Atheist biologist Jerry Coyne, at his blog, gave the following title to one of his recent posts:
Christians want orca stoned to death
In the post, Jerry Coyne breathlessly announced:
The Rightly Concerned website, an arm of the religious, right-wing American Family Organization, has called for not only the execution of the orca, but death by stoning. . . . Right Christian of these folks. But [t]hey’d need a crane and one big boulder to do the proper Biblical job on Tiliikum!
Tiliikum, the orca being referred to, is the one that recently killed a SeaWorld trainer, and if fundamentalists are literally calling for the whale to be stoned, it is certainly outrageous if true.
But is it?
It turns out that it’s not. Jerry Coyne has set up a straw man. Here’s what the Christian source for Jerry Coyne’s post actually wrote:
Says the ancient civil code of Israel, “When an ox gores a man or woman to death, the ox shall be stoned, and its flesh shall not be eaten, but the owner shall not be liable.” (Exodus 21:28)
So, your animal kills somebody, your moral responsibility is to put that animal to death.
In other words, the Christian author endorses, not the literal stoning of animals, orcas or otherwise, but the general principle that animals dwelling in a community, on killing a person, should be put to death. I’m no fan of the archaic proscriptive laws of the Pentateuch, but this particular law is grounded in good sense. Jerry Coyne, as seems to be a habit of his, misrepresents what a person actually wrote to score some cheap points with his readership. It’s really a move worthy of Rush Limbaugh, not a Harvard trained evolutionary biologist.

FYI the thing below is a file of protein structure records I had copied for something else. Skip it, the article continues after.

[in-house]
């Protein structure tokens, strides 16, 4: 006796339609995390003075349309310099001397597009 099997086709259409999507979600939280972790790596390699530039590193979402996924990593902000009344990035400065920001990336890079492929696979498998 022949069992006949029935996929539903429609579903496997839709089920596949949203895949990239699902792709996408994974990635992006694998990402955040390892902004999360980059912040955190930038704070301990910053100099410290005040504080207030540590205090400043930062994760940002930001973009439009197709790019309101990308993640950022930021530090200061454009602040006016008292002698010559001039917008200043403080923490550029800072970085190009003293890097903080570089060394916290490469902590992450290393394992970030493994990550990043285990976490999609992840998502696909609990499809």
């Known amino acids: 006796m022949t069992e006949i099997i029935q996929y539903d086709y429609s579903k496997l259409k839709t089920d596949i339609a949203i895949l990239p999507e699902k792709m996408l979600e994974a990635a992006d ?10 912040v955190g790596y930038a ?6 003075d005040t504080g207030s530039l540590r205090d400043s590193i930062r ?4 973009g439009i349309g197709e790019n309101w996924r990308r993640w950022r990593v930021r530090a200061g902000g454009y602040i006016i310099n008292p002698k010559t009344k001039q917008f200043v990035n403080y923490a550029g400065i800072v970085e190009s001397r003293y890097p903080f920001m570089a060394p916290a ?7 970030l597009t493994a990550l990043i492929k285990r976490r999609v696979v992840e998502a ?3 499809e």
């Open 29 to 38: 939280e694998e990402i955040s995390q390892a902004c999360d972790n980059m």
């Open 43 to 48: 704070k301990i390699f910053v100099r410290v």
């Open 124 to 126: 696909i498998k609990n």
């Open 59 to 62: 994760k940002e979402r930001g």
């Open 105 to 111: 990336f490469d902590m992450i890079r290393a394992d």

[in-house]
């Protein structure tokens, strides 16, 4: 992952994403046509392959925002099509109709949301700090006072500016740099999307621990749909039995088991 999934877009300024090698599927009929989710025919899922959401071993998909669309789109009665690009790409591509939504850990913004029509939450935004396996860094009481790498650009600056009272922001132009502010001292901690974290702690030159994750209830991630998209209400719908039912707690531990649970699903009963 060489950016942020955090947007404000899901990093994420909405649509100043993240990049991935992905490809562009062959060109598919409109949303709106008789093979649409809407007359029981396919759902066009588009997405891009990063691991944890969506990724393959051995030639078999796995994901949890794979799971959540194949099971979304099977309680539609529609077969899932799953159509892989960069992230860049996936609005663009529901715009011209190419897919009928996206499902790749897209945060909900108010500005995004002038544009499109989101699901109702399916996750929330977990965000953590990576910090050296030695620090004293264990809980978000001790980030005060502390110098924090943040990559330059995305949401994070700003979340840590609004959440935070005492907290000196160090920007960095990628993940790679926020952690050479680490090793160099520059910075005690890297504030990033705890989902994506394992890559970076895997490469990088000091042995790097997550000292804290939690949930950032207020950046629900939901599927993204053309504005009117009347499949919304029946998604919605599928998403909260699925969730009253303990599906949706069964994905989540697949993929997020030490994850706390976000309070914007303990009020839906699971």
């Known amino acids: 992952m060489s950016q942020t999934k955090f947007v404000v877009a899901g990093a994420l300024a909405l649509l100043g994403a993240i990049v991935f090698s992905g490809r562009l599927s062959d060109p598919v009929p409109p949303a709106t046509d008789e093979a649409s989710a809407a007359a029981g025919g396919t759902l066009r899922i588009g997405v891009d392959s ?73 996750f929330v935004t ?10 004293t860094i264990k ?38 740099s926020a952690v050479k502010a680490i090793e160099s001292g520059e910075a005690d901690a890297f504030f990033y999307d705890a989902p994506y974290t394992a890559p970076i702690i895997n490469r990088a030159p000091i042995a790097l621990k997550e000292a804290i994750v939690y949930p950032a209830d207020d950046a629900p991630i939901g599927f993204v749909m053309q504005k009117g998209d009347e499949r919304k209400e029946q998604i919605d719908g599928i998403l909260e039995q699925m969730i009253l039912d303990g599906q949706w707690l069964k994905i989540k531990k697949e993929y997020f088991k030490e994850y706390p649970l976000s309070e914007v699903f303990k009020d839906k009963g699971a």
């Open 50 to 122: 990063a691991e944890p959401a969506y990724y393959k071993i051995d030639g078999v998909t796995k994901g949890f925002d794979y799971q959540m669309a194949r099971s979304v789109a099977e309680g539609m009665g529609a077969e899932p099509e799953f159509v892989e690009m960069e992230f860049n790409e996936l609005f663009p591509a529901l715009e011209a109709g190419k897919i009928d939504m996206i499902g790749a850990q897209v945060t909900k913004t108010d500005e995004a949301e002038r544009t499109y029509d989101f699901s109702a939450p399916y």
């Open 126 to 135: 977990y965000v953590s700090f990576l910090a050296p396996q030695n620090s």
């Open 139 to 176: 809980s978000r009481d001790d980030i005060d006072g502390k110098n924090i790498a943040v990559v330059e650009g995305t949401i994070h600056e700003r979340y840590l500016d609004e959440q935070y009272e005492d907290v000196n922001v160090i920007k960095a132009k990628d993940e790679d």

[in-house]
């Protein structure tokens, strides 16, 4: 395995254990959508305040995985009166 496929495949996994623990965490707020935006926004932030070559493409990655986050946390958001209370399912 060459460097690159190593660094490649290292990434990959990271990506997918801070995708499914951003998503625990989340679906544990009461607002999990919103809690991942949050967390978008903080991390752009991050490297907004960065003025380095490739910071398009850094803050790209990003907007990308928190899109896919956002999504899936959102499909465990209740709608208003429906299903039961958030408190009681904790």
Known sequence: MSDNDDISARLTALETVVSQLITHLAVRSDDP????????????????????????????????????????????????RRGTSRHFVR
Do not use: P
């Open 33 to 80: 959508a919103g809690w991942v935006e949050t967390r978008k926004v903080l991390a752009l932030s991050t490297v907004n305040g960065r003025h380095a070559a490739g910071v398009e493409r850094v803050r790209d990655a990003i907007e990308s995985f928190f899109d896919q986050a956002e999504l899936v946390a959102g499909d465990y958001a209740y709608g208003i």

A fairer challenge to the reasoning offered by the Christian writer is to simply note that tanked whales are not properly analogized to domesticated land animals, such as bulldogs, living in a community. Unlike a neighborhood bulldog that is put to death for mauling a person, and is a real threat to others, a whale that kills is more sensibly just released back to the wild, for it is unlikely ever again to come into close, forced, or unwanted contact with human swimmers. And if there are good reasons why releasing the orca into the wild is not feasible, SeaWorld could explore ways of keeping the animal alive without it coming in contact with humans.
In other words, between the callous and hasty generalization of the Christian writer and the straw man parodying of Jerry Coyne, there is a middle way: reason with compassion, clarity, and calm and characterize your opposition fairly. As the 17th-century Dutch philosopher, Baruch Spinoza, once wrote:
I have made a ceaseless effort not to ridicule, not to bewail, not to scorn human actions, but to understand them.